What’s interesting is that audiences increasingly understand these problems. They know, for instance, that journalism is about choices, and that the choices journalists make—which story to cover, who to interview, what context to provide (or not), what is in the headline, what angle to take—affect the overall meaning of that story. They know that such choices encode a point of view in a story even when journalists are doing their best to be “objective”.
The issue is, I think, that within the industry, there is a tendency to see those issues not as structural problems but as “tools of the trade”, the “way things are done”. Journalists see them as the professional practices that make journalism a profession or a craft in the first place. These things are deeply ingrained in the industry and are communicated to new journalists as part of the enculturation process. This is understandable, but it is also why they persist despite all the other changes the media has gone through because of digitisation. And it is why they are so hard to challenge and change.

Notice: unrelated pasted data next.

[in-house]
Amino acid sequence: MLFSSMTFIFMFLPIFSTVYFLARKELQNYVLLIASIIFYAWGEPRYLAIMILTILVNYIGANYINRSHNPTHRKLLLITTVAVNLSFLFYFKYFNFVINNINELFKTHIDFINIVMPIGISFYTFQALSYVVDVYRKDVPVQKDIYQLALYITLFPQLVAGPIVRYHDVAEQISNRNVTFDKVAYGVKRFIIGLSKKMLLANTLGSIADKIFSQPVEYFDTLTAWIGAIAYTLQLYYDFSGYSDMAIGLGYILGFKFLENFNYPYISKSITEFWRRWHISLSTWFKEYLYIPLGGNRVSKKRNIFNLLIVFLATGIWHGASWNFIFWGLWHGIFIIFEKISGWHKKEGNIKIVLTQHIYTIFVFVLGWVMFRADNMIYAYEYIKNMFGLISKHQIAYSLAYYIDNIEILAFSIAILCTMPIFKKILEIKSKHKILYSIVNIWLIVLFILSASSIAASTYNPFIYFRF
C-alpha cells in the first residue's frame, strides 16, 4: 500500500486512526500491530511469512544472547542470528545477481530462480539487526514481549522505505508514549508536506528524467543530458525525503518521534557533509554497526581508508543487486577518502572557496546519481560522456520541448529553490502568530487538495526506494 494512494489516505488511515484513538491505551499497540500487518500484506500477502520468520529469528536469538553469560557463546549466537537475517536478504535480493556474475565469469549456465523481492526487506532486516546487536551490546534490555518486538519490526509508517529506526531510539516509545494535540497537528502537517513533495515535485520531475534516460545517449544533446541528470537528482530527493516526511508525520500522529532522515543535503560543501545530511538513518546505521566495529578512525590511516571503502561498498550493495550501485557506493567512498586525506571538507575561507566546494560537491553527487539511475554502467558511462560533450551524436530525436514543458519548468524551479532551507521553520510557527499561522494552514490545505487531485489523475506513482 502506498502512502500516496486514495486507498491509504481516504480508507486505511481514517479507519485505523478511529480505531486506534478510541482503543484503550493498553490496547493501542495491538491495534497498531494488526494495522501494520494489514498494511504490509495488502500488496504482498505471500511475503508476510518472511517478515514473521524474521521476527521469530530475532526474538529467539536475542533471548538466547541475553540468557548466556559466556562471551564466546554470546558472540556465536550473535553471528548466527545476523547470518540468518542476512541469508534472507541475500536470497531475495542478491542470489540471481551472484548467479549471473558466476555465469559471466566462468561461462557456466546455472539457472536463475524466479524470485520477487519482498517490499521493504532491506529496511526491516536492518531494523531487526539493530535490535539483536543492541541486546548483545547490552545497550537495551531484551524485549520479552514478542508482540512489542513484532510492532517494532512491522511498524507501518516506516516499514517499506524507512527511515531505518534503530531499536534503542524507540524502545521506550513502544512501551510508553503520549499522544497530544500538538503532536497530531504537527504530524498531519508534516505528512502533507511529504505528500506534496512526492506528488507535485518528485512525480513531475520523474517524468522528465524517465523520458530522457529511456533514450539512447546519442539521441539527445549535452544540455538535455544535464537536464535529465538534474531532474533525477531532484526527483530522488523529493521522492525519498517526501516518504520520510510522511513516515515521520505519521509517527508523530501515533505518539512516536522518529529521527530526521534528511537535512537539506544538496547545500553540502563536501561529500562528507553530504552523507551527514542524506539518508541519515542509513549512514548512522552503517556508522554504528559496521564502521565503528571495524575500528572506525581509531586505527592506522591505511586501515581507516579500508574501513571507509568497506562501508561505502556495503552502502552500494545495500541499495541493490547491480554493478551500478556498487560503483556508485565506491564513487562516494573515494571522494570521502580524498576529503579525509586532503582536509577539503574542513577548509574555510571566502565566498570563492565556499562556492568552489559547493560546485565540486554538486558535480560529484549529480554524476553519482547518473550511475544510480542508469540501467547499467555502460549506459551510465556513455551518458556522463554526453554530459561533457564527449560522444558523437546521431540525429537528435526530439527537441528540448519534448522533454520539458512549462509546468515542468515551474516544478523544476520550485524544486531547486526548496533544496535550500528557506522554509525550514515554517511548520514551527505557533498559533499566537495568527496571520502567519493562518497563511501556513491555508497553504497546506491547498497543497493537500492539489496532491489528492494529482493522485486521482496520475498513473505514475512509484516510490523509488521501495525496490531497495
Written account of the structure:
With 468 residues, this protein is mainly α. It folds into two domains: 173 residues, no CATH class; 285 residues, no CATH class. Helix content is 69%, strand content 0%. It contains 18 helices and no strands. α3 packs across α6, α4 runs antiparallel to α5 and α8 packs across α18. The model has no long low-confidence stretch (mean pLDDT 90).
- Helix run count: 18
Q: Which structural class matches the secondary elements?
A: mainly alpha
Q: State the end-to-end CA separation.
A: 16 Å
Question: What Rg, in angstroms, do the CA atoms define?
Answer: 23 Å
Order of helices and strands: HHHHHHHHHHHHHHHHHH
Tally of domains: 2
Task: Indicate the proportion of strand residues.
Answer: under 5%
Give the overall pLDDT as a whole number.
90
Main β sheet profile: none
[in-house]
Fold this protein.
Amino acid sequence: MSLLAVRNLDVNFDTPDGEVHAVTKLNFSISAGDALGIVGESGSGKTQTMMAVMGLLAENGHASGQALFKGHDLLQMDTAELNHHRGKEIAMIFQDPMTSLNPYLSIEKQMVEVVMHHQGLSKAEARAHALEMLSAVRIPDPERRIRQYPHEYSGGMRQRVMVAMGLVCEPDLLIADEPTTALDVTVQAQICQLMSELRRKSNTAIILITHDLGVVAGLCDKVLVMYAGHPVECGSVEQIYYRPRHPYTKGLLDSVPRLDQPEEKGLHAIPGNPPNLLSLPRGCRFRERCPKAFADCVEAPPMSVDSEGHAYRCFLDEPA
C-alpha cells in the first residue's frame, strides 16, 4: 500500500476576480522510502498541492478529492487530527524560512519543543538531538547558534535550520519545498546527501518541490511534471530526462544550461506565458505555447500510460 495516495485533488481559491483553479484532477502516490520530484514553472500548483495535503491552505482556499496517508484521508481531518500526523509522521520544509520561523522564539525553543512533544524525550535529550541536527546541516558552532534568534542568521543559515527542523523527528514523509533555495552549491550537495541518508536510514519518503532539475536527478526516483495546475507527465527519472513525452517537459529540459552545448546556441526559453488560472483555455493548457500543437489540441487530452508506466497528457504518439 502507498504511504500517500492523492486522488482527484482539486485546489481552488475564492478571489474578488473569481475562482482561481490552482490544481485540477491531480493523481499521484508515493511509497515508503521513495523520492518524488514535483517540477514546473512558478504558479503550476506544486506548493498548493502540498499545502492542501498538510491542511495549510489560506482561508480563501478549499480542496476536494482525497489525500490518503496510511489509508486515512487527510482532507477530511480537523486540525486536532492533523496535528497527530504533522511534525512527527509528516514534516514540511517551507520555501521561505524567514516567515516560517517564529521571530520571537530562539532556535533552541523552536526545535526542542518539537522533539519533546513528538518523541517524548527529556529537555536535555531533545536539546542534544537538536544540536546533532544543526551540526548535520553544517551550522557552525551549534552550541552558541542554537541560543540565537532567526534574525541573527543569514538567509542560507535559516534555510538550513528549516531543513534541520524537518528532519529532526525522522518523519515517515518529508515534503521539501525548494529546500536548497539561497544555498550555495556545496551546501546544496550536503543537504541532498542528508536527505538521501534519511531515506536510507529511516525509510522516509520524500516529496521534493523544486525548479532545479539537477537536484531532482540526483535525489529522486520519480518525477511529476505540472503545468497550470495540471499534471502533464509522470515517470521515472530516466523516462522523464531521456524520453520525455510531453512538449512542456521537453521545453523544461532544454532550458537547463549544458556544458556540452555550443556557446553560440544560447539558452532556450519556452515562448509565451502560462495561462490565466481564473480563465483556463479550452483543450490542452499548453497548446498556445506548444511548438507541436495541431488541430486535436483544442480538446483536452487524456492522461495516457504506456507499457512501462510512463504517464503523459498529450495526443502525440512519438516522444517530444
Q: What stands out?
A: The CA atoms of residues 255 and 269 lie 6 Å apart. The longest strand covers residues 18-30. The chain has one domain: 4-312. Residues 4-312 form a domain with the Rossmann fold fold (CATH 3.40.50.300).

Improvements will flow from other structural changes, particularly if newsrooms become more diverse and so better reflect the makeup of the communities they report on.
So is there a way through this?
I think there is, and it involves diversity. This is the argument I made in the chapter on media in The Future of Everything.
Most attempts to “fix” the media are really elite appeals for the profession to better live up to its own, often-lauded role as a political watchdog.